• Impact loop — Results ➡ Reviews ➡ Retention ➡ Referrals ➡ Results: This is where great marketers start. 

Most marketers start with their growth loop and then hope that traction feeds into their impact loop. However, the reality is that starting with your impact loop is going to be far more likely to set your marketing engine up for success

Let me share a client story to show you what this looks like in real life.

Client Story: 4X Website Leads In A Single Quarter

We partnered with a health tech startup looking to grow their website leads. One way to grow website leads is to boost organic traffic, of course, but any organic play is going to take time. If you’re playing the SEO game alone, quadrupling conversions can take up to a year or longer.

But we did it in a single quarter. Here’s how.

We realized that the startup’s demos were converting lower than industry standards. A little more digging showed us why: our client was new enough to the market that the average person didn’t trust them enough yet to want to invest in checking out a demo. So, what did we do?

We prioritized the last part of the funnel: reputation.

We ran a 5-star reputation campaign to collect reviews. Once we had the reviews we needed, we showcased them at critical parts of the website and then made sure those same reviews were posted and shown on other third-party review platforms. 

Remember that reputation plays are vital, and they’re one of the plays startups often neglect at best and ignore at worst. What others say about your business is ten times more important than what you say about yourself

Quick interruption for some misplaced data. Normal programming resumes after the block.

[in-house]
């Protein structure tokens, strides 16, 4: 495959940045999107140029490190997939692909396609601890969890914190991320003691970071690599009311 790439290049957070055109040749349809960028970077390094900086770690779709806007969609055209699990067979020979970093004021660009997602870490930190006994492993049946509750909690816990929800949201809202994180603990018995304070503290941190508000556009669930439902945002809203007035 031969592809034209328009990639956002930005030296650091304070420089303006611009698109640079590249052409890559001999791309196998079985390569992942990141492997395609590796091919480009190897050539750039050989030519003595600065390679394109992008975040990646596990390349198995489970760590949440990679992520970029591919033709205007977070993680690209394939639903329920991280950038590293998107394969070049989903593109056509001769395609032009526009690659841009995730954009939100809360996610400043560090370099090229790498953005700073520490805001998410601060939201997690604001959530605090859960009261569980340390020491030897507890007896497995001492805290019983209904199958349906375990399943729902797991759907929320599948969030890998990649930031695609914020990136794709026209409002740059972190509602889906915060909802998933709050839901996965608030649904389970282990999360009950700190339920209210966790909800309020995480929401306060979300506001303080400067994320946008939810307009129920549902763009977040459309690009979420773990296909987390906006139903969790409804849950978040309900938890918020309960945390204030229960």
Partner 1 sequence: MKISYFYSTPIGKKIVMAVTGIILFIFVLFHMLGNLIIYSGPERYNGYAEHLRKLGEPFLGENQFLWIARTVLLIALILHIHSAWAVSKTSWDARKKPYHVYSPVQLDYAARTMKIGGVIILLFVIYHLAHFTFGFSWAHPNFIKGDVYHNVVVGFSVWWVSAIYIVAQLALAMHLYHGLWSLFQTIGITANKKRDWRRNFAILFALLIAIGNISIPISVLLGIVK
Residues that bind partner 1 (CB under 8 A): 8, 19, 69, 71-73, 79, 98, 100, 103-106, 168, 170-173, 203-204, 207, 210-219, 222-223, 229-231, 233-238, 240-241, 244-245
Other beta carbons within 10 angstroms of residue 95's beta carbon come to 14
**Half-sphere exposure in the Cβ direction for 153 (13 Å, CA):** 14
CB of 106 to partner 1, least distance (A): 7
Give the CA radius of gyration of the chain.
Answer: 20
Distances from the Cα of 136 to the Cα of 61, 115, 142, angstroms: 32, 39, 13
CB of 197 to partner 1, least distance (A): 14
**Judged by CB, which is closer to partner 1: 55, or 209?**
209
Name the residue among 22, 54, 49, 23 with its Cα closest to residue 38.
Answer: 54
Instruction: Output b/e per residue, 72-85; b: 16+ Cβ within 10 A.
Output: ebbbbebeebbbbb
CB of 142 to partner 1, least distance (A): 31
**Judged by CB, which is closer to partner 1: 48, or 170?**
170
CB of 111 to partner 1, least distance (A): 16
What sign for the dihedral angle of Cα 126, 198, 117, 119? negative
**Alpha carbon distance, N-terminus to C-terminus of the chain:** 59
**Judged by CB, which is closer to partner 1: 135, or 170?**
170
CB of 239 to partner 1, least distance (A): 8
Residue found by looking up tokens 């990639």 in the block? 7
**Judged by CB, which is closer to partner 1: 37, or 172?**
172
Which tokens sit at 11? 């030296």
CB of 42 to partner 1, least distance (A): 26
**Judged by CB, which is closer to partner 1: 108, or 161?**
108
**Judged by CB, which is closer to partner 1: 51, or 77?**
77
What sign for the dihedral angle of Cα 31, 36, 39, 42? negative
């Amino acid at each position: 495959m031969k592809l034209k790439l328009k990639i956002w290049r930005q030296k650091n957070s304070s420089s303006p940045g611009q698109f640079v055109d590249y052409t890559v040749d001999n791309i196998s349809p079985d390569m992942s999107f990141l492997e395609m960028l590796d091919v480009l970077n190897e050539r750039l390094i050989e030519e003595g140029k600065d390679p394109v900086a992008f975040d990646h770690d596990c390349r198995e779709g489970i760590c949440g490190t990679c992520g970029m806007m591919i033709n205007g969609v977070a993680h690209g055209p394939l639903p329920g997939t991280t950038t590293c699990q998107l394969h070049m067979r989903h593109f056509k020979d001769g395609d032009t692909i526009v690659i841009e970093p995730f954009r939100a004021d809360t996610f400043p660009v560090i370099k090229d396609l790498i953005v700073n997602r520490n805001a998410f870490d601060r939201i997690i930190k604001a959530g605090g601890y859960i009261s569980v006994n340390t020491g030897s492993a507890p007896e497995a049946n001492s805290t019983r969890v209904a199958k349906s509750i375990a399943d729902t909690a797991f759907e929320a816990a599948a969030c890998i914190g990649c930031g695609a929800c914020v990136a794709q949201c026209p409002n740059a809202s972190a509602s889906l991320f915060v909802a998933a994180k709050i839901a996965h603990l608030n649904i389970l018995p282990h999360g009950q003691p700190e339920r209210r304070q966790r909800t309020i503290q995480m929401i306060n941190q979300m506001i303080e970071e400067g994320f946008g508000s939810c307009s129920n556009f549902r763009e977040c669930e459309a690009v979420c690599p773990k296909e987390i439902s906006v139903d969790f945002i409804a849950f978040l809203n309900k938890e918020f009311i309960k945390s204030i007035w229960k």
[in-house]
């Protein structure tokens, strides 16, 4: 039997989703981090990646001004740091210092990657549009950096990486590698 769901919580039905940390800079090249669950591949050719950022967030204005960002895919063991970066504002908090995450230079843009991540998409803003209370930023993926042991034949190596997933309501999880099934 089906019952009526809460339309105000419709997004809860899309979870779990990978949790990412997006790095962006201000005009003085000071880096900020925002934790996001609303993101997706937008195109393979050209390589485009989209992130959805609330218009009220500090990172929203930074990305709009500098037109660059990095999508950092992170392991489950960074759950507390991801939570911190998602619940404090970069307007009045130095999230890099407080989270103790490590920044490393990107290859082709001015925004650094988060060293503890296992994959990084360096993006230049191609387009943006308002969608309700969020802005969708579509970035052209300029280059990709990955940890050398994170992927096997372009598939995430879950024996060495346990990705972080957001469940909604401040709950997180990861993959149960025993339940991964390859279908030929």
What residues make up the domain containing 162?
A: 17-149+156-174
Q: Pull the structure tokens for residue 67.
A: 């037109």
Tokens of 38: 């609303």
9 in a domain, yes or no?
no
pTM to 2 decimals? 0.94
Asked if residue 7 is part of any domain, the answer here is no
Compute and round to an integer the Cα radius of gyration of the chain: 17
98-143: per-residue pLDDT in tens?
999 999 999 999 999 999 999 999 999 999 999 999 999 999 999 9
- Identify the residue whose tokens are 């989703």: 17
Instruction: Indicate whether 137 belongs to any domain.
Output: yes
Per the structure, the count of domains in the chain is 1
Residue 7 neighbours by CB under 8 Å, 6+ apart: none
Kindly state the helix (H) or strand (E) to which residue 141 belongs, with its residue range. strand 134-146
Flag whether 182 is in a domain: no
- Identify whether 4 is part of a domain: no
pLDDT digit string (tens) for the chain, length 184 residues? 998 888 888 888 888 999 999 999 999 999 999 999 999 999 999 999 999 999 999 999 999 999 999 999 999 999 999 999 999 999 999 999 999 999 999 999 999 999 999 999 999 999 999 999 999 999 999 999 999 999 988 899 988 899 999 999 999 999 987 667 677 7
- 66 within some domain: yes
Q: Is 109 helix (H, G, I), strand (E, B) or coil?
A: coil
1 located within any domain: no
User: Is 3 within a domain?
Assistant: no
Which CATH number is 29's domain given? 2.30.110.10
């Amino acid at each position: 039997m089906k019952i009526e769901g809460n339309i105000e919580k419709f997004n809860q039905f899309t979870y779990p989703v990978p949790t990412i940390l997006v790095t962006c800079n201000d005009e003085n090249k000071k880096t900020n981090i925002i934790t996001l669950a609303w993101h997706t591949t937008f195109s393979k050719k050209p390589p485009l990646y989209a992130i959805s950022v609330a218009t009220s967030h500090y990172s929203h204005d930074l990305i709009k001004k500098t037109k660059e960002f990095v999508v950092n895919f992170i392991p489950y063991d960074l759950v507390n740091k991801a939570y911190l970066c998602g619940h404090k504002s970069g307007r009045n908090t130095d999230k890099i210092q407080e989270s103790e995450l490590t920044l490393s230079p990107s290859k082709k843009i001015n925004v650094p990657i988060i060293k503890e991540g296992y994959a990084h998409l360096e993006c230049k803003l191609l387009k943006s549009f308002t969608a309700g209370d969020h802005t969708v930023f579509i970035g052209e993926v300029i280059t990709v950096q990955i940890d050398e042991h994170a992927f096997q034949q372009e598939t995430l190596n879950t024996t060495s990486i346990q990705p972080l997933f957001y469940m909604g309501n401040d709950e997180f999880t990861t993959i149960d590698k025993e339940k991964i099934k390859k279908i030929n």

By providing customer validation at critical points in the buyer journey, we were able to 4X the website leads in a single quarter!

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So, when you talk to customers, always look for opportunities to drive review/referral conversations and use them in marketing collateral throughout the buyer journey. 

Fix #5: Launch Phantom Offers for Higher Quality Leads 

You may be reading this post thinking, okay, my lead magnets and offers might be way off the mark, but how will I get the budget to create a new one that might not even work?

It’s an age-old issue: marketing teams invest way too much time and resources into creating lead magnets that fail to generate quality leads

One way to improve your chances of success, remain nimble, and stay aligned with your audience without breaking the bank is to create phantom offers, i.e., gauge the audience interest in your lead magnet before you create them.

For example, if you want to create a “World Security Report” for Chief Security Officers, don’t do all the research and complete the report as Step One. Instead, tease the offer to your audience before you spend time making it. Put an offer on your site asking visitors to join the waitlist for this report. Then wait and see how that phantom offer converts. 

This is precisely what we did for a report by Allied Universal that ended up generating 80 conversions before its release.

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The best thing about a phantom offer is that it’s a win/win scenario: 

  • Best case: You get conversions even before you create your lead magnet.
  • Worst case: You save resources by not creating a lead magnet no one wants.  

Remember, You’re On The Same Team 

We’ve talked a lot about the reasons your marketing leads might suck. However, remember that it’s not all on marketers, either. At the end of the day, marketing and sales professionals are on the same team. They are not in competition with each other. They are allies working together toward a common goal. 

Smaller companies — or anyone under $10M in net new revenue — shouldn’t even separate sales and marketing into different departments. These teams need to be so in sync with one another that your best bet is to align them into a single growth team, one cohesive front with a single goal: profitable customer acquisition.

Interested in learning more about the growth marketing mindset? Check out the Lean Labs Growth Playbook that’s helped 25+ B2B SaaS marketing teams plan, budget, and accelerate growth.